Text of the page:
Facing Loss Of Ohio National Guard Help, Nursing Homes Taking On Testing
Three-quarters of Ohio’s confirmed COVID-19 deaths are from its nursing homes. Nationwide, more than 40 percent of coronavirus deaths are linked to long term care facilities. The country's nursing homes lobbying group has written to Ohio’s Mike DeWine and other governors, warning that without action now there will be more outbreaks, especially if visitors are allowed back in to see loved ones after months away.
The letter from the American Health Care Association and the National Center for Assisted Living calls for states to help with faster lab processing time and reliable, rapid results. And it asks for states to help with acquiring personal protective equipment, especially N95 masks, saying nearly 20 percent of facilities say they have no PPE or less than a one-week supply.
And the letter says this is especially critical if visitation is allowed to begin in long term care facilities. Ohio banned visitors from skilled nursing homes on March 12 and has announced that outdoor-only visits can begin on July 20. Visits have been allowed at some assisted living facilities for a few weeks.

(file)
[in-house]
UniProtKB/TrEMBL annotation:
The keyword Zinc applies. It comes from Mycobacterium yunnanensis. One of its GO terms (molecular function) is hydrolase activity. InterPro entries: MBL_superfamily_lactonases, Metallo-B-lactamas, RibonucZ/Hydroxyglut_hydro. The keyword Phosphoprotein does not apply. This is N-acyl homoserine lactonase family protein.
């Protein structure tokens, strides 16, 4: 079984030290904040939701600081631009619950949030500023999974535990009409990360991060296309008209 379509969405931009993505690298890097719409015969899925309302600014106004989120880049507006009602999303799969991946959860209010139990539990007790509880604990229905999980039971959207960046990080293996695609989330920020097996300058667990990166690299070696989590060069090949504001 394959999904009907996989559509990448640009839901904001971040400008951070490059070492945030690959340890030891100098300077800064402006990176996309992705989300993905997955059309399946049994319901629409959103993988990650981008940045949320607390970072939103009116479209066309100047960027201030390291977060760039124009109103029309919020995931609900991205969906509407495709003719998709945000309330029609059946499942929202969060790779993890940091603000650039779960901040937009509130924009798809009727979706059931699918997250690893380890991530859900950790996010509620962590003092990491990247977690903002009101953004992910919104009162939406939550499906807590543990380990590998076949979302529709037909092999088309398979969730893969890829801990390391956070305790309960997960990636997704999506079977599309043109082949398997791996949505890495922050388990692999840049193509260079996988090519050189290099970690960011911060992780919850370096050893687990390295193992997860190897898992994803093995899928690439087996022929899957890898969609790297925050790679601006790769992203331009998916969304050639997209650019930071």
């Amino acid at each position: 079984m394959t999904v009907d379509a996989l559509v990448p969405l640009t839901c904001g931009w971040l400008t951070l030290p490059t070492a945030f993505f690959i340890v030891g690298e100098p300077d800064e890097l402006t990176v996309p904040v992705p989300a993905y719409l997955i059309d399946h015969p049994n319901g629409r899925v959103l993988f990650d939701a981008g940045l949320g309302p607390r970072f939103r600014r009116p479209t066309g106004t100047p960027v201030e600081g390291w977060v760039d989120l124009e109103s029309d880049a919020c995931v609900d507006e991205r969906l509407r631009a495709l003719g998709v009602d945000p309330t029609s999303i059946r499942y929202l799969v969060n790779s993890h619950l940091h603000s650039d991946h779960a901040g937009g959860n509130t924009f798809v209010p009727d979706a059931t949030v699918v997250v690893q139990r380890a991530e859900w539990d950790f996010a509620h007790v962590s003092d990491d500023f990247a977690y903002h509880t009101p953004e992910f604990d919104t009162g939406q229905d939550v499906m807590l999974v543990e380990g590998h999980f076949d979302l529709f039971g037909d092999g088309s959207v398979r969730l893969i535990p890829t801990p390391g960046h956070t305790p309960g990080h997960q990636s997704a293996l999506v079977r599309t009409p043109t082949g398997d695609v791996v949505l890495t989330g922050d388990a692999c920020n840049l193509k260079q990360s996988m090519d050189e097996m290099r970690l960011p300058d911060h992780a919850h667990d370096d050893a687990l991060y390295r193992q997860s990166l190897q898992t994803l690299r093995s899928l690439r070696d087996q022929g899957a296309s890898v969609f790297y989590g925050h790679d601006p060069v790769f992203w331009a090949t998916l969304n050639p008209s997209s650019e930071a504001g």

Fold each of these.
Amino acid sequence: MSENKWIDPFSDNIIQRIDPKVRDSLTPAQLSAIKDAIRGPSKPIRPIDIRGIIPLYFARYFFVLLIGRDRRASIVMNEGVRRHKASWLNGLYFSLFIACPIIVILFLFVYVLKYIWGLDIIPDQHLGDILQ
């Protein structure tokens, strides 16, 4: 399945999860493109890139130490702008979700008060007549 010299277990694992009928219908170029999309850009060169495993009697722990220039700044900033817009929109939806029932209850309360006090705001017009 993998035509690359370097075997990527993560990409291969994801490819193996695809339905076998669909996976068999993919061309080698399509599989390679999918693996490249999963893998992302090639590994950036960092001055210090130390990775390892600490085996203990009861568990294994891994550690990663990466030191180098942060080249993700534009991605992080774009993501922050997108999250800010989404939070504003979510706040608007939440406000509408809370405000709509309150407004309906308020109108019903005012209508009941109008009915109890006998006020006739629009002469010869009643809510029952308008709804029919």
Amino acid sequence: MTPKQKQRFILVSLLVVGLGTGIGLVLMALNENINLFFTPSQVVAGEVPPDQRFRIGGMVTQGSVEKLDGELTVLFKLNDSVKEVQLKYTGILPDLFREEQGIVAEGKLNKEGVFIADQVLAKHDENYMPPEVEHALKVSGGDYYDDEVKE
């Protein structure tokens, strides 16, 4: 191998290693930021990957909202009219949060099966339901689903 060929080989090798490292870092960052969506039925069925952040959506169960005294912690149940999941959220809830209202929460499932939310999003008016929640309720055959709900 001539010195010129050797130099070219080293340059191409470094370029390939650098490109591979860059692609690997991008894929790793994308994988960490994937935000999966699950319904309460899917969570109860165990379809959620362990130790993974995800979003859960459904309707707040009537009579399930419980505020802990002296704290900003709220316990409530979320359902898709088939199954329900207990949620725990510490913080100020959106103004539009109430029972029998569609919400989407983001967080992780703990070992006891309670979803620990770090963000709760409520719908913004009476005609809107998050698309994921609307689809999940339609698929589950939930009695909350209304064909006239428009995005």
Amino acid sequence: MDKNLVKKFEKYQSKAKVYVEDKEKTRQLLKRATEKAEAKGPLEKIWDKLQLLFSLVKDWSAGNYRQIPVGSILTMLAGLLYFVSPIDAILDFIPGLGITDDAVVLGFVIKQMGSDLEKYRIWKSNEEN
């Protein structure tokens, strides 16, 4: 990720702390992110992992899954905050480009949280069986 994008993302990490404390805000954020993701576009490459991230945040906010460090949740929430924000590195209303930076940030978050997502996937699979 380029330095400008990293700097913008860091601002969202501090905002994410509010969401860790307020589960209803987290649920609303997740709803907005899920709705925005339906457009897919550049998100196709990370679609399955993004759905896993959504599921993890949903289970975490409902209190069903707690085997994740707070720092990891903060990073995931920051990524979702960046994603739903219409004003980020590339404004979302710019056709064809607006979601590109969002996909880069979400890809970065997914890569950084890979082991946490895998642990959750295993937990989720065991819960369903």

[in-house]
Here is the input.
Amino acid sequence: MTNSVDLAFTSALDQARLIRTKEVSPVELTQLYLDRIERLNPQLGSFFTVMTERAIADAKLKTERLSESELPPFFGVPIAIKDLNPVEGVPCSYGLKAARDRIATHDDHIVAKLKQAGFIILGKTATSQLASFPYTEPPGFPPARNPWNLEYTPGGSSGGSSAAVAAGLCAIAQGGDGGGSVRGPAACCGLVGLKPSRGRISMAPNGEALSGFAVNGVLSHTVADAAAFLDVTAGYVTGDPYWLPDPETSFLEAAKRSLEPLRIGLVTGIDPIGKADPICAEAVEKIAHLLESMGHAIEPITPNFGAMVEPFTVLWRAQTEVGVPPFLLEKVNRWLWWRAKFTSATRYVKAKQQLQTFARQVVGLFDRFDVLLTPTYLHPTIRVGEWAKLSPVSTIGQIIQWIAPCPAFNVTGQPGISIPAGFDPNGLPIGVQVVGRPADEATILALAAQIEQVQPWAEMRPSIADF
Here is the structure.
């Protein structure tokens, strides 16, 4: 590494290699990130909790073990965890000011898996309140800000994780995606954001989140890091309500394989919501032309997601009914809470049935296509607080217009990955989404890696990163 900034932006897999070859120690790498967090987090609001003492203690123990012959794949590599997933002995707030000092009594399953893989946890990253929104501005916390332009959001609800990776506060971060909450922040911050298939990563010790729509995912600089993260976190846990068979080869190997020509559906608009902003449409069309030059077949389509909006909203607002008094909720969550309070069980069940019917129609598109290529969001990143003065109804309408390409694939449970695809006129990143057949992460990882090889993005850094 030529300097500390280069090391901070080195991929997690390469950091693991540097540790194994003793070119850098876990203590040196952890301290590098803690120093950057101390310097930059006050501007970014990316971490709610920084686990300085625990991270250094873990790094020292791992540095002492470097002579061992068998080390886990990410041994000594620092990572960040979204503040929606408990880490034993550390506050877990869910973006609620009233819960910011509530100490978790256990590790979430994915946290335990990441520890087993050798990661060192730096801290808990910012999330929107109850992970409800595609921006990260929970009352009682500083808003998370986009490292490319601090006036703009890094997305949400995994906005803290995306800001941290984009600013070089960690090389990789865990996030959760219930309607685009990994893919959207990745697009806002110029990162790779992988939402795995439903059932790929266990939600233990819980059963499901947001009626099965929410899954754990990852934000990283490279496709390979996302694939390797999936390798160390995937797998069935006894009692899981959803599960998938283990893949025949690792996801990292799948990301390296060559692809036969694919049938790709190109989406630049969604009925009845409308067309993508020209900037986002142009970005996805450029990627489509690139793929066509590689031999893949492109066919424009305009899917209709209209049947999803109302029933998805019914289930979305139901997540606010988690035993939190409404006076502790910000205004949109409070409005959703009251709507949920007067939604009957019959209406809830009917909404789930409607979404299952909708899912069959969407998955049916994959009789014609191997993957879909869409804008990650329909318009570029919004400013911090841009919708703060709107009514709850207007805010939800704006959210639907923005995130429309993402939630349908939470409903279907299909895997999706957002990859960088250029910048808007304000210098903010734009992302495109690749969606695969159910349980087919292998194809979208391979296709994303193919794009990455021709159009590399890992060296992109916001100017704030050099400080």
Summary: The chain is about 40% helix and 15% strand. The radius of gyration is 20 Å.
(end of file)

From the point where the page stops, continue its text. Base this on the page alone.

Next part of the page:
Pete Van Runkle with the Ohio Health Care Association said skilled nursing facilities will start taking on testing duties and will complete baseline testing of all staff by the end of the month.
But he said that won’t solve the overall problem.
“It’s a tool. It has some value, particularly as the letter states, if the test results can come back quickly enough. But it’s not enough by itself," Van Runkle said.
Van Runkle said good infection control and universal masking inside facilities must happen too, and that tests, to be handled by Qwest Laboratories, need to come back quickly.
Ohio has continued to have huge numbers of deaths from nursing homes, totalling more than three-quarters of all confirmed COVID-19 deaths as of the state's last report on July 8.
New Ohio COVID-19 nursing home death totals now updated: 1,732 deaths since April 15, 79 more than last week's report. With 369 deaths before April 15, that's a total of 2,101 - or 76% of the state's 2,749 confirmed COVID-19 deaths.— Karen Kasler (@karenkasler) July 10, 2020